I think this conversation is absolutely on point, as I am sure a NUMBER of people will want to know if the D600 can perform well in tough conditions in low light.
Clearly, I do not have experience in what you are doing. What I do know is that shooting in dark civic centers and indoor arenas with my D600 at ISO 6400 or below is giving me results VERY nearly equal to my D3s. It does take a bit more time to get focus, but then I am dealing with human sized targets and not horse sized targets.
If you've got enough glass to make that horse take up a large portion of the frame (1/3 or more) I'd say you'll do just fine. Once you're trying to track an object that takes a relatively small part of the frame things get more dicey.
So here's what I suggest. Buy the D600. Save all receipts, etc. Shoot it with your current gear. Find out if it will work for you by using it on a non-paid shoot. If you don't like it, you can sell it. You'll lose maybe $150 on the deal. Essentially the cost of a 3 day rental. That's pretty tough to beat.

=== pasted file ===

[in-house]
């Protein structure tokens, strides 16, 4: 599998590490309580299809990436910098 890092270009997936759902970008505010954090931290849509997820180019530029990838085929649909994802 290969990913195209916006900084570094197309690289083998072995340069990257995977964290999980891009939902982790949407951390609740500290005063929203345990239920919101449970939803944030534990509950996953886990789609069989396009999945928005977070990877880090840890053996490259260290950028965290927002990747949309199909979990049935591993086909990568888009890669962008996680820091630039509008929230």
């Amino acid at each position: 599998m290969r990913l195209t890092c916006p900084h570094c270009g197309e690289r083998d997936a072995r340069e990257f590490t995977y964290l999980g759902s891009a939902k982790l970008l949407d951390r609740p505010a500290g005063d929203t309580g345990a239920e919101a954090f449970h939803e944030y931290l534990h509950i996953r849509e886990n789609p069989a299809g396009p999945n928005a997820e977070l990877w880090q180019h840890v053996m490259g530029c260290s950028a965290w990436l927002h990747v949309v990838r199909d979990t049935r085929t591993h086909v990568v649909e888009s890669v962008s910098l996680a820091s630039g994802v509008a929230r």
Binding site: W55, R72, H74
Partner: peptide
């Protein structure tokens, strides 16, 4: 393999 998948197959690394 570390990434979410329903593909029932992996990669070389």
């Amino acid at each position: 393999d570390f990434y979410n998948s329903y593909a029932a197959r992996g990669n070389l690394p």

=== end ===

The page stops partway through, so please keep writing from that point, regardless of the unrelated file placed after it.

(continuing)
>>It's not the VR. It's that the 70-200 has it's own >focusing >>motor built in unlike the 80-200 and it focuses literally >>twice as fast. HUGE difference. I never use the VR on >this >>lens. > >Understood...though at the time, since I didn't need VR and >since cutting horses only move side-to-side on the same focal >place, the 80-200 made the most sense. The 70-200 will be a >ways down the road. > >Let's assume, for a moment, that I did have the 70-200, like >you do. Is it your opinion that the D600 would be able to >keep up with the action as I described above? As you said, >during the day, shouldn't be a problem since my D200 can do >it, but if I get a camera that allows be to up my >"game" to a covered arena, then knowing whether or >not it will grab a dark brown horse, moving quickly, as well >as a D3s (or even a D3) is something I'm trying to determine. > > >Here's where all this winds up: I'm trying to market myself as >a second-shooter to other photographers, so being able to >shoot things like concerts, weddings, corporate events and >such are things my new camera needs to be able to do. However, >my current paying gigs are for rodeo and horse show events, >mostly outside and mostly during the day...but that's been >because the D200's ISO performance hasn't allowed me to shoot >anything else. > >Were I actually employed in a full-time corporate job (rather >than being unemployed for as long as I've been), I'd probably >end up with both the D600 and D3s. But I'm not, and the money >I've saved toward my new camera needs to get me something that >does all of these things well...if that's possible. > >I'd love to be able to save money by just getting the D600, >but since my original plan was a D3s, I'm prepared to get one >of those if it's the better of the options. Where I see the >D600 being equal to or "better" than the D3s is the >image quality, the amount of data to work with (cropping, >etc.) and low-light performance. Where the D3s seems to excel >is the super-high ISO performance, burst rate and, probably, >overall build quality. > >If this is a discussion better taken off-line, let me know as >i don't want to bog down a discussion any more than I already >have. > >Thanks, >Tim